Startup uses small sensors to check North Dakota oil pipes

June 21, 2018 GMT

BISMARCK, N.D. (AP) — New technology will soon be taking internal readings of 15 small pipelines across the western part of North Dakota.

The Piper is the size of a golf ball and filled with acoustic sensors. The small sphere will be inserted at one end of an underground pipeline and flow along with whatever liquid is being carried, checking for clogs and leaks, the Bismarck Tribune reported .


A startup called Ingu Solutions developed Pipers as part of the Intelligent Pipeline Integrity Program (iPIPE), a research and development grant matching project by the North Dakota Industrial Commission. The three-year program is focused on advancing new pipeline leak detection and prevention technologies.

The iPIPE consortium was formed in response to Gov. Doug Burgum’s challenge to have zero oil and gas industry pipeline leaks, said Brian Kalk, development director for the University of North Dakota Energy and Environmental Research Center’s energy system.

The consortium’s plan is to test a new technology each of the program’s three years. Ingu was chosen as the first for its unique target market, small gathering pipelines that deliver liquids from remote well sites in the state’s western region. The pipelines have a diameter of less than 8 inches (20.3 centimeters), are unregulated like the larger transmission lines and spread across more than 300,000 miles (482,780 kilometers) of U.S. oil fields, said Ingu CEO John van Pol.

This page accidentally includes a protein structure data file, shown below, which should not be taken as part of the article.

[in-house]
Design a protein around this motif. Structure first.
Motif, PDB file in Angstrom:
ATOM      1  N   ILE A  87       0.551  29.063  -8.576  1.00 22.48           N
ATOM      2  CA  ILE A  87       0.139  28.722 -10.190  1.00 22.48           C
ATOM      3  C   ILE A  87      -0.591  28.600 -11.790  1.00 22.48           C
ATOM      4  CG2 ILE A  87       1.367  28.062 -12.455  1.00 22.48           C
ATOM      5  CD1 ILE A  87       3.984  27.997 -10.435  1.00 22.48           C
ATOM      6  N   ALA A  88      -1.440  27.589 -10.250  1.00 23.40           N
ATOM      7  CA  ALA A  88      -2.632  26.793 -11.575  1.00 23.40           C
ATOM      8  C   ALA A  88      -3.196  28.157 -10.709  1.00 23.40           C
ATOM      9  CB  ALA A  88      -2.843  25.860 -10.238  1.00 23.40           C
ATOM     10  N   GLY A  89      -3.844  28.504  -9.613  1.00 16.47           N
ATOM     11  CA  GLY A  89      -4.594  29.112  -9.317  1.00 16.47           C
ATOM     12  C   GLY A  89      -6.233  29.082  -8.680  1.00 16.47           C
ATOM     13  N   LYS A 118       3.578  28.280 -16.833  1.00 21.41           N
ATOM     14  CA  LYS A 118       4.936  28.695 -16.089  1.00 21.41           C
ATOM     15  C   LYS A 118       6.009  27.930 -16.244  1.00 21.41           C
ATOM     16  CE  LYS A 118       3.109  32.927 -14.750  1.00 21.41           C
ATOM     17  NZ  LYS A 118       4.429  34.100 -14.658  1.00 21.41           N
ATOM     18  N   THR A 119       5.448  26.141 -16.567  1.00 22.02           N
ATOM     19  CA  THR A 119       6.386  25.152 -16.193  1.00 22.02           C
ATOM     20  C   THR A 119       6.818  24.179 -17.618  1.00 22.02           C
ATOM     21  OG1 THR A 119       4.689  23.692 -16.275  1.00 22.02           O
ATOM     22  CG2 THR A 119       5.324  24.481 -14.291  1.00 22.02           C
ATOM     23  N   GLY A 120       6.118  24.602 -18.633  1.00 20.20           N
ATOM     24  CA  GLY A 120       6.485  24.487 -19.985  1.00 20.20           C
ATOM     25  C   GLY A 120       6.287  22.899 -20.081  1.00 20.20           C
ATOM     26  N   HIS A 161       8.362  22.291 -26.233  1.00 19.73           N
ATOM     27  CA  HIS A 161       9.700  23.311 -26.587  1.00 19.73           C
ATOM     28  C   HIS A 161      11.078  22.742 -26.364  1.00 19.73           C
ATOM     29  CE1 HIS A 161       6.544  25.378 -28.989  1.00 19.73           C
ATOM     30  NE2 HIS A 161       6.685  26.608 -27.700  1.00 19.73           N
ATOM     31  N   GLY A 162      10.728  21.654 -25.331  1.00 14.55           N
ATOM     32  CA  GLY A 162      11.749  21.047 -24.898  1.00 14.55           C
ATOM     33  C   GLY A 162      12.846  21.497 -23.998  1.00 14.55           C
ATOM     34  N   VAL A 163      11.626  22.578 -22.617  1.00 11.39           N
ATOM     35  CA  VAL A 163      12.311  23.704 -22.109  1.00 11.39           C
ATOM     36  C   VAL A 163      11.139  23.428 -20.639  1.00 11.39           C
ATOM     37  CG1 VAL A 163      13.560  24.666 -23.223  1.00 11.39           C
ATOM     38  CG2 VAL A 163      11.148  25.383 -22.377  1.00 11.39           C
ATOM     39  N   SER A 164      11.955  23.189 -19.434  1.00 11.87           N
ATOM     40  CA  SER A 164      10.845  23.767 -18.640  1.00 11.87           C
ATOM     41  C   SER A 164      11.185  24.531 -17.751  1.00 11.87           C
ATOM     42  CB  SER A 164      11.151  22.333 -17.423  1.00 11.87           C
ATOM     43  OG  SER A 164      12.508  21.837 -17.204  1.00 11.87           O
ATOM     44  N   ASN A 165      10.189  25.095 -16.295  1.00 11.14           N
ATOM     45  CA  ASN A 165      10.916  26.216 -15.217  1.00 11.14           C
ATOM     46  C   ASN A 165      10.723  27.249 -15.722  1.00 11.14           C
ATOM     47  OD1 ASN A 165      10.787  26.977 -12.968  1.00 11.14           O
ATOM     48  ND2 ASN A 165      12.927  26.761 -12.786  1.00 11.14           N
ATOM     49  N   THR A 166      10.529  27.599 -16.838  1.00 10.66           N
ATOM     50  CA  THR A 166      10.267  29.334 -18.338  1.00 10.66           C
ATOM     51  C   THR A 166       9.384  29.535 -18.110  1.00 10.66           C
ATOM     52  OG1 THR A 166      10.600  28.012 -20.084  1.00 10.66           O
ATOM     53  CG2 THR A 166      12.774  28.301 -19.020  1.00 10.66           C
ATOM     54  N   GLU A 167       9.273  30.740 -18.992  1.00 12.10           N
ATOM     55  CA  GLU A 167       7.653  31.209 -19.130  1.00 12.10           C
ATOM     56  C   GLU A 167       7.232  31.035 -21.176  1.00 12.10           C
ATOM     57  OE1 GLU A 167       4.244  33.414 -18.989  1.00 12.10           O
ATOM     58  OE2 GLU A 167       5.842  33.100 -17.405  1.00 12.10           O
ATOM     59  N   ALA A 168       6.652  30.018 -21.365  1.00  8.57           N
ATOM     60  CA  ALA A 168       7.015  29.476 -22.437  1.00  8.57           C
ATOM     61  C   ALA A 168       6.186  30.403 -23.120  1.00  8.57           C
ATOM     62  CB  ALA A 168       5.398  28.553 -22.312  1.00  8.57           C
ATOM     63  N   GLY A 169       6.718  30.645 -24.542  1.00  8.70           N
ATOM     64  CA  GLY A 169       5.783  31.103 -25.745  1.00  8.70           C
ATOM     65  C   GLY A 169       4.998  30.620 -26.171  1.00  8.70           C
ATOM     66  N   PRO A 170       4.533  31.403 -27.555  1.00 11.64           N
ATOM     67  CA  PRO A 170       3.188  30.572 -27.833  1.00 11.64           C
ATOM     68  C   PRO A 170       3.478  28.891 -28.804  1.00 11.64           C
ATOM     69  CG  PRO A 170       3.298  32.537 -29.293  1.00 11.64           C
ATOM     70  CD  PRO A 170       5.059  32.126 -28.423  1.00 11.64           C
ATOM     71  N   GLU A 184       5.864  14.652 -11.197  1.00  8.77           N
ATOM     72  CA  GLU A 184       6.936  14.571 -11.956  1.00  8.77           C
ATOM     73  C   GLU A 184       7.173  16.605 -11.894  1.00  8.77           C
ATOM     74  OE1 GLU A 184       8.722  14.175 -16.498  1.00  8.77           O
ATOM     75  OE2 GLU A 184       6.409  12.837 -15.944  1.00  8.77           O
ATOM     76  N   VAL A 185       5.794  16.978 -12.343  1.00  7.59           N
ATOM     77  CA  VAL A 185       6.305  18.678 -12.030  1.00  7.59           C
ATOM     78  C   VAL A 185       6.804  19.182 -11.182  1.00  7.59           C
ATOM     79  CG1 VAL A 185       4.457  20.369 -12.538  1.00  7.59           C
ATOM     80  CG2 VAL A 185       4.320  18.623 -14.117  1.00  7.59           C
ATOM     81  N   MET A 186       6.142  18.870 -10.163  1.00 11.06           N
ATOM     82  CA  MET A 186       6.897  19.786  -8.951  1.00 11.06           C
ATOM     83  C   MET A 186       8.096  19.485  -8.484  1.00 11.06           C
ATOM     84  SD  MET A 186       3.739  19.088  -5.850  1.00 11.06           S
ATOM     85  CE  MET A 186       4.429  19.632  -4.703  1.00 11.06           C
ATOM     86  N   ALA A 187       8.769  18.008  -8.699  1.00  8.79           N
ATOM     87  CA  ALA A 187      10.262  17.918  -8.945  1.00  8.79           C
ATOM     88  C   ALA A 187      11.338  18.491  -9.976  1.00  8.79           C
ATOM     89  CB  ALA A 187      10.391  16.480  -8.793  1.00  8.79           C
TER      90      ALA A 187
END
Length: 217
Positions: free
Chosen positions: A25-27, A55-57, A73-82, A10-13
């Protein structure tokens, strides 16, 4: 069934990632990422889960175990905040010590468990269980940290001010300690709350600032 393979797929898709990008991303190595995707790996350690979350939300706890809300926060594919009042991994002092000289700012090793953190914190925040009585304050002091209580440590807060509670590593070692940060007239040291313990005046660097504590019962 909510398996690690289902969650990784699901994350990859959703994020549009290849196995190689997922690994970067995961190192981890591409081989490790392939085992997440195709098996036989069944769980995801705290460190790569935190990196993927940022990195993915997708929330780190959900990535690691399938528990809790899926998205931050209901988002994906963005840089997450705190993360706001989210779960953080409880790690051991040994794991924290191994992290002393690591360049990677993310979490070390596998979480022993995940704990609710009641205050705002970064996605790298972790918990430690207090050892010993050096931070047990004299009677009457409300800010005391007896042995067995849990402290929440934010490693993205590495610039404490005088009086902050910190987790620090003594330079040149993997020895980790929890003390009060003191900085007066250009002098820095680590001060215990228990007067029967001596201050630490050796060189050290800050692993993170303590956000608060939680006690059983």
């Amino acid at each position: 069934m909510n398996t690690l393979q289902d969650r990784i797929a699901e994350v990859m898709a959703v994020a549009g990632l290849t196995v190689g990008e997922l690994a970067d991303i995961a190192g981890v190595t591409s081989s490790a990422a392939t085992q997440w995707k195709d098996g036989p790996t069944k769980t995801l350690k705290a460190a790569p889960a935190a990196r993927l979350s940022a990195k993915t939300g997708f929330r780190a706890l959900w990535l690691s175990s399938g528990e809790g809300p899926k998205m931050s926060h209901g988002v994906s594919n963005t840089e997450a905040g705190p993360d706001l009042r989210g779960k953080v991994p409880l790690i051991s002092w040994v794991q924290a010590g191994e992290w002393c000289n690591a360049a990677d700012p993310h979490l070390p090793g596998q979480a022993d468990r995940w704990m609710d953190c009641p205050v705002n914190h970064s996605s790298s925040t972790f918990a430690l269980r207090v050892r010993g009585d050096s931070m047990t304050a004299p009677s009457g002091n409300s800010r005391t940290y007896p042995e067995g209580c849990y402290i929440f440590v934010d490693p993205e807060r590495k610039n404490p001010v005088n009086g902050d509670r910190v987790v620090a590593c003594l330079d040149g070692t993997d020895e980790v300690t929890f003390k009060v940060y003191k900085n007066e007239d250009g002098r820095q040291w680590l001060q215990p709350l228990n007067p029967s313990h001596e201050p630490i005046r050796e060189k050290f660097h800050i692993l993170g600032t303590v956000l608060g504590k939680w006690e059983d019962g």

North Dakota having a large portion of those miles makes the state “a sweet spot for our market,” van Pol said.

The Pipers currently have to be shipped back to Ingu for data retrieval after being run through the pipe for as many as 24 hours. Van Pol said the startup is working on building its artificial intelligence capacity to speed the time of data analysis, with a goal of 72 hours.


Information from: Bismarck Tribune,